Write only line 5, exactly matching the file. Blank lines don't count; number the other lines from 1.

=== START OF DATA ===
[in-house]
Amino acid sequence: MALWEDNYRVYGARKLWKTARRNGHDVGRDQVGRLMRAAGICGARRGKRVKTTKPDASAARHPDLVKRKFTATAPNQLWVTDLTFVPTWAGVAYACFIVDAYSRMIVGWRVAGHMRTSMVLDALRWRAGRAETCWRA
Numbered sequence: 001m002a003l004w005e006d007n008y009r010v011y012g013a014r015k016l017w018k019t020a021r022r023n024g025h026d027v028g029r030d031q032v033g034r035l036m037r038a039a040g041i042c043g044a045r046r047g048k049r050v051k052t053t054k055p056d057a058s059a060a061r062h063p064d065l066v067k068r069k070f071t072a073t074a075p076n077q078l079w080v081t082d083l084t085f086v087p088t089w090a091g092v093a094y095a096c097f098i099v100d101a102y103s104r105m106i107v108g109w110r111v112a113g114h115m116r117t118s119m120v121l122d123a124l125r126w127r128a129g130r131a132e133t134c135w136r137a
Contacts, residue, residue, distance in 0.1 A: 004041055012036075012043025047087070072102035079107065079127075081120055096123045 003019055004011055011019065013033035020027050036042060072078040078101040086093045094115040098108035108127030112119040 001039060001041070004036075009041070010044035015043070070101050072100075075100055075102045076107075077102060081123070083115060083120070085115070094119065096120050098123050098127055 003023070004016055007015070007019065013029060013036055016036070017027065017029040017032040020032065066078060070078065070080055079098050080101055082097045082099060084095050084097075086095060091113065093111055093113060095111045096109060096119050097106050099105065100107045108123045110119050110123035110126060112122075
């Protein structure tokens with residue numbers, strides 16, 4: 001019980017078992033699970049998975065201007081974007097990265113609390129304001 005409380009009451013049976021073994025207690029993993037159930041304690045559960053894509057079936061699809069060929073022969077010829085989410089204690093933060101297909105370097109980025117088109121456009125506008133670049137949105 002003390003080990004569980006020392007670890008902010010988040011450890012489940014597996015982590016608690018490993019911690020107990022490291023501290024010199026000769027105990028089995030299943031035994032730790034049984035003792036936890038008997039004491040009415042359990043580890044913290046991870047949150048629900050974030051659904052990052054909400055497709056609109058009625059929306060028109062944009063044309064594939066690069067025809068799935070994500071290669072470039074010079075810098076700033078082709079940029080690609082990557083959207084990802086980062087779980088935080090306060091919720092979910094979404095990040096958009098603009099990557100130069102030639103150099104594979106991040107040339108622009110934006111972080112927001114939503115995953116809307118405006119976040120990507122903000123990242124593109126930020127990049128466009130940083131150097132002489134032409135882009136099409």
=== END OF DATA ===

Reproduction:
């Protein structure tokens with residue numbers, strides 16, 4: 001019980017078992033699970049998975065201007081974007097990265113609390129304001 005409380009009451013049976021073994025207690029993993037159930041304690045559960053894509057079936061699809069060929073022969077010829085989410089204690093933060101297909105370097109980025117088109121456009125506008133670049137949105 002003390003080990004569980006020392007670890008902010010988040011450890012489940014597996015982590016608690018490993019911690020107990022490291023501290024010199026000769027105990028089995030299943031035994032730790034049984035003792036936890038008997039004491040009415042359990043580890044913290046991870047949150048629900050974030051659904052990052054909400055497709056609109058009625059929306060028109062944009063044309064594939066690069067025809068799935070994500071290669072470039074010079075810098076700033078082709079940029080690609082990557083959207084990802086980062087779980088935080090306060091919720092979910094979404095990040096958009098603009099990557100130069102030639103150099104594979106991040107040339108622009110934006111972080112927001114939503115995953116809307118405006119976040120990507122903000123990242124593109126930020127990049128466009130940083131150097132002489134032409135882009136099409």